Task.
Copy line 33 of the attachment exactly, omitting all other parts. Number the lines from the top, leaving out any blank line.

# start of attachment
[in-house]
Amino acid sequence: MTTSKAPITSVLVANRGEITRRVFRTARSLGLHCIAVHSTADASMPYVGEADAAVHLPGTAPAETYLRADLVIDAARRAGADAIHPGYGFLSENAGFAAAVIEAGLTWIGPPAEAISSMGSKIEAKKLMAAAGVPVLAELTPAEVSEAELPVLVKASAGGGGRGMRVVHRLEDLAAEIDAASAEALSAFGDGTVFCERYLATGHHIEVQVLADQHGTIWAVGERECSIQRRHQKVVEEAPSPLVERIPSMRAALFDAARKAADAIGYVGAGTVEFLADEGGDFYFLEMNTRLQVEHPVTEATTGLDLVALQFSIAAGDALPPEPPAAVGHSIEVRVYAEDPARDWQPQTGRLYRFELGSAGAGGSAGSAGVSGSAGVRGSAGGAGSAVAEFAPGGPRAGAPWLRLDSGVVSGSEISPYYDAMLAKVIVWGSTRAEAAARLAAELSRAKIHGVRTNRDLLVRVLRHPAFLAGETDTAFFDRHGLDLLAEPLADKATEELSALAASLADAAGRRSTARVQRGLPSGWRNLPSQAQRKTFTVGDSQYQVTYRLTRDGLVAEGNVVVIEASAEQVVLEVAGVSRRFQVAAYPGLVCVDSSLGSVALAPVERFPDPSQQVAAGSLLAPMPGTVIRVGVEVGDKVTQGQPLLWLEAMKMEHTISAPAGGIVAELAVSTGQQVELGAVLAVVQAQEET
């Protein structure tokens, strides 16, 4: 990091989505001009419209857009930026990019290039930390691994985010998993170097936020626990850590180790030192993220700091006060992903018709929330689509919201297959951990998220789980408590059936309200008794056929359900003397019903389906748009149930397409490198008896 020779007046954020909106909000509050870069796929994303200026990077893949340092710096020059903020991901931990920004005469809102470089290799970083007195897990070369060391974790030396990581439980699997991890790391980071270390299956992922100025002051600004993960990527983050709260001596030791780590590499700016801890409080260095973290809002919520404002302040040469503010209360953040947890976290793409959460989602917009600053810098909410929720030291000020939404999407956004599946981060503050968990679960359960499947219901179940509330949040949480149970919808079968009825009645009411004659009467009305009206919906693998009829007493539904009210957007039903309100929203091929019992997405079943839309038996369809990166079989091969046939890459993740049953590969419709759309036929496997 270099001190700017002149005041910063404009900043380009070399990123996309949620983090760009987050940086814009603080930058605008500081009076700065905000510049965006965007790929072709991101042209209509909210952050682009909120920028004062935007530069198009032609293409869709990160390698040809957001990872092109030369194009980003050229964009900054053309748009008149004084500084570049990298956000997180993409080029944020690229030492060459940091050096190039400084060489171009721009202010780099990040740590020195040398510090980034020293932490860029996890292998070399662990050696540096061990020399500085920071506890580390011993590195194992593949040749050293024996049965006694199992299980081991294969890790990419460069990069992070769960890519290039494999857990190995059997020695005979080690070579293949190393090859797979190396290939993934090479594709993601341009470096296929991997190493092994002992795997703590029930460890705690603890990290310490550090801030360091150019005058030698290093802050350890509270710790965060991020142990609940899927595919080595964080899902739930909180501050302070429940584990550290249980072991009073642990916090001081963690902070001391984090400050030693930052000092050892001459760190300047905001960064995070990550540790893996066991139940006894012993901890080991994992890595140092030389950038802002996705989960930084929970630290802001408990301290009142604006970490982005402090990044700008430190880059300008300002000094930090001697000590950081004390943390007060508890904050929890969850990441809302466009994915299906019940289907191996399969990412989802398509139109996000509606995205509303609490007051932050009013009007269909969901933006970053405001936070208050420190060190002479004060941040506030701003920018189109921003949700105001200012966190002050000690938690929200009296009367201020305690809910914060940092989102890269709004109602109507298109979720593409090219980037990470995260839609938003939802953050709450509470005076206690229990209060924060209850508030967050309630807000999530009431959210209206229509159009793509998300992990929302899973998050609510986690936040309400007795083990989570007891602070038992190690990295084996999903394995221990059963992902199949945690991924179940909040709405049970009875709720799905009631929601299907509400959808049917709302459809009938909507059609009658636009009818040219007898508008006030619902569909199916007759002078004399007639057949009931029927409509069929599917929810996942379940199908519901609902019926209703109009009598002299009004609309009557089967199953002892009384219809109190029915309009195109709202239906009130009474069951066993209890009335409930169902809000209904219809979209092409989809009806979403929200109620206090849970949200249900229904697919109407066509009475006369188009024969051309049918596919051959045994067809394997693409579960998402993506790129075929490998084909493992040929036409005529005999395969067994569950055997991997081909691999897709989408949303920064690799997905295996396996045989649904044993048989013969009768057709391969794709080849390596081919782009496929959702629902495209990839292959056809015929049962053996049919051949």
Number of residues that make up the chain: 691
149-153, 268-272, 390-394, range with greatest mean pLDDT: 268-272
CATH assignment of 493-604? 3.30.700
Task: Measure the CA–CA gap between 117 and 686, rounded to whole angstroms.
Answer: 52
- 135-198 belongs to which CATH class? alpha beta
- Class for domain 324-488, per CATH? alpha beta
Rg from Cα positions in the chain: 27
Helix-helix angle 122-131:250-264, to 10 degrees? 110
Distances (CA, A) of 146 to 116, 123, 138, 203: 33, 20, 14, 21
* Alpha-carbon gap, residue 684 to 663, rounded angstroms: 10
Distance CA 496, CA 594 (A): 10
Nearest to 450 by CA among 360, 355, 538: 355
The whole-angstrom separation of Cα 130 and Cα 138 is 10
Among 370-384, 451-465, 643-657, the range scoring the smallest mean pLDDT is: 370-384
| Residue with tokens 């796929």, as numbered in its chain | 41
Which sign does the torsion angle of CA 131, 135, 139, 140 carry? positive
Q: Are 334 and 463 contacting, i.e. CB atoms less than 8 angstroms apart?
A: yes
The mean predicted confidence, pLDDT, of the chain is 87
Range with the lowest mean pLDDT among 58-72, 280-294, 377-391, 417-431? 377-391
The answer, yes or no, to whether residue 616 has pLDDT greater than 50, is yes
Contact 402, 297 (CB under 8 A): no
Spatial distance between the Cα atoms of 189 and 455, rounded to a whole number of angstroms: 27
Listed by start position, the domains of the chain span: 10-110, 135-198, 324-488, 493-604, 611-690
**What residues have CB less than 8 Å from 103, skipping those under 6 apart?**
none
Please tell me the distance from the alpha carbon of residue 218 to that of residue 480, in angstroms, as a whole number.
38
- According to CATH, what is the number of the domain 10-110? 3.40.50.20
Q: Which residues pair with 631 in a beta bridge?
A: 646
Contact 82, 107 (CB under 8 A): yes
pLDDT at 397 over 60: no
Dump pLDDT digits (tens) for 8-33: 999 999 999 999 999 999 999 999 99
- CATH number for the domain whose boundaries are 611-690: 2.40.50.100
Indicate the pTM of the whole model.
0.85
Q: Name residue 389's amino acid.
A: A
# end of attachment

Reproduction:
- According to CATH, what is the number of the domain 10-110? 3.40.50.20